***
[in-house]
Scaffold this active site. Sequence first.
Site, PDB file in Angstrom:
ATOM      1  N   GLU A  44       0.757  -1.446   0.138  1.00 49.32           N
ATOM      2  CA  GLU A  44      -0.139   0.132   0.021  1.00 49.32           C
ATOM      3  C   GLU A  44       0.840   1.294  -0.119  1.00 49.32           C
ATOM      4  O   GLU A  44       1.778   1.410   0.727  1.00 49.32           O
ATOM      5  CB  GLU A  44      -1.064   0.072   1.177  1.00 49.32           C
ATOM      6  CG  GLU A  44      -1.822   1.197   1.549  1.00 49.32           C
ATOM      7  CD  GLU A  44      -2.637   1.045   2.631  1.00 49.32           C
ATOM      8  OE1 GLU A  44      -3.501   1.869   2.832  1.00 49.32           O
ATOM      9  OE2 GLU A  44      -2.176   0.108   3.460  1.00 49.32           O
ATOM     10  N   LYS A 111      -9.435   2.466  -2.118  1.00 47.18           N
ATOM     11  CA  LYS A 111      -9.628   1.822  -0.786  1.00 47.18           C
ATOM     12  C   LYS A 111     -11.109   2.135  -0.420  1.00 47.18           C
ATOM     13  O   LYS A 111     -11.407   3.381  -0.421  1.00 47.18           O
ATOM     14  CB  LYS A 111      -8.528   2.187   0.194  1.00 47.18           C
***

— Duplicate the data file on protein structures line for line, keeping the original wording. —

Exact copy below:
[in-house]
Scaffold this active site. Sequence first.
Site, PDB file in Angstrom:
ATOM      1  N   GLU A  44       0.757  -1.446   0.138  1.00 49.32           N
ATOM      2  CA  GLU A  44      -0.139   0.132   0.021  1.00 49.32           C
ATOM      3  C   GLU A  44       0.840   1.294  -0.119  1.00 49.32           C
ATOM      4  O   GLU A  44       1.778   1.410   0.727  1.00 49.32           O
ATOM      5  CB  GLU A  44      -1.064   0.072   1.177  1.00 49.32           C
ATOM      6  CG  GLU A  44      -1.822   1.197   1.549  1.00 49.32           C
ATOM      7  CD  GLU A  44      -2.637   1.045   2.631  1.00 49.32           C
ATOM      8  OE1 GLU A  44      -3.501   1.869   2.832  1.00 49.32           O
ATOM      9  OE2 GLU A  44      -2.176   0.108   3.460  1.00 49.32           O
ATOM     10  N   LYS A 111      -9.435   2.466  -2.118  1.00 47.18           N
ATOM     11  CA  LYS A 111      -9.628   1.822  -0.786  1.00 47.18           C
ATOM     12  C   LYS A 111     -11.109   2.135  -0.420  1.00 47.18           C
ATOM     13  O   LYS A 111     -11.407   3.381  -0.421  1.00 47.18           O
ATOM     14  CB  LYS A 111      -8.528   2.187   0.194  1.00 47.18           C